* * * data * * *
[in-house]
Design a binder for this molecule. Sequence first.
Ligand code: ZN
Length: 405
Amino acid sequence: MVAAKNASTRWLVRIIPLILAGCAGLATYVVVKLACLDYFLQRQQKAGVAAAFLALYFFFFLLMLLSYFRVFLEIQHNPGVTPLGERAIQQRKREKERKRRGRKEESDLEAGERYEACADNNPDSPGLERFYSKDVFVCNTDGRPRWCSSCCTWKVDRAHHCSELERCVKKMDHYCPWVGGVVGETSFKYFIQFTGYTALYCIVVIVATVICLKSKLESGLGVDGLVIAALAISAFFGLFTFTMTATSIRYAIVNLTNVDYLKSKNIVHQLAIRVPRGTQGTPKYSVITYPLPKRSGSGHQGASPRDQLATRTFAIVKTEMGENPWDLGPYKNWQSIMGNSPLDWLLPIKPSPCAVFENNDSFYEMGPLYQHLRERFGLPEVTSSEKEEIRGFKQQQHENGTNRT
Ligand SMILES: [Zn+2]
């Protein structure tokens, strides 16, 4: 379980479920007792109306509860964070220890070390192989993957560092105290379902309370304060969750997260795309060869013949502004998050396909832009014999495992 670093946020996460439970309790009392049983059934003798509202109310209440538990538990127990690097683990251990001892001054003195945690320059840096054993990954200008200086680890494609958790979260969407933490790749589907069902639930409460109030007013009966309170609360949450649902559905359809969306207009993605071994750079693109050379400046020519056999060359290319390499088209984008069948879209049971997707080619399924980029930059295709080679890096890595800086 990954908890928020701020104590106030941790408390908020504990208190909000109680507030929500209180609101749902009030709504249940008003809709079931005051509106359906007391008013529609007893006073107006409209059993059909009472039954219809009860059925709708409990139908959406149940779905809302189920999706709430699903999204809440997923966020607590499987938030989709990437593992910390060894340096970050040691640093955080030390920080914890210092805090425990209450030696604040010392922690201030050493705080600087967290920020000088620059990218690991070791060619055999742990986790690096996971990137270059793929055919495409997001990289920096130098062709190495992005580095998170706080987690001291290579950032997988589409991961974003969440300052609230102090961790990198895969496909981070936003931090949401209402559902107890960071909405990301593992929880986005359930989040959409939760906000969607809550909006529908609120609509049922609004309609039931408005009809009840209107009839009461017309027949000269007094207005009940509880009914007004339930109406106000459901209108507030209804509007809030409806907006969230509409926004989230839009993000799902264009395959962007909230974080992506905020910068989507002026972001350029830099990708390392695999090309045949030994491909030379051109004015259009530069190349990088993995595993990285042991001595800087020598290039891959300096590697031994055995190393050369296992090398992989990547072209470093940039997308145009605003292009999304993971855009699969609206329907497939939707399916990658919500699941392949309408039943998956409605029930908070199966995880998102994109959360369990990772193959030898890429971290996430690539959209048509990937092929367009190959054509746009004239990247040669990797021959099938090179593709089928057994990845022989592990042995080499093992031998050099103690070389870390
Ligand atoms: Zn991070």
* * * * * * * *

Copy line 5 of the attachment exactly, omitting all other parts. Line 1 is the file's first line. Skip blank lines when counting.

Amino acid sequence: MVAAKNASTRWLVRIIPLILAGCAGLATYVVVKLACLDYFLQRQQKAGVAAAFLALYFFFFLLMLLSYFRVFLEIQHNPGVTPLGERAIQQRKREKERKRRGRKEESDLEAGERYEACADNNPDSPGLERFYSKDVFVCNTDGRPRWCSSCCTWKVDRAHHCSELERCVKKMDHYCPWVGGVVGETSFKYFIQFTGYTALYCIVVIVATVICLKSKLESGLGVDGLVIAALAISAFFGLFTFTMTATSIRYAIVNLTNVDYLKSKNIVHQLAIRVPRGTQGTPKYSVITYPLPKRSGSGHQGASPRDQLATRTFAIVKTEMGENPWDLGPYKNWQSIMGNSPLDWLLPIKPSPCAVFENNDSFYEMGPLYQHLRERFGLPEVTSSEKEEIRGFKQQQHENGTNRT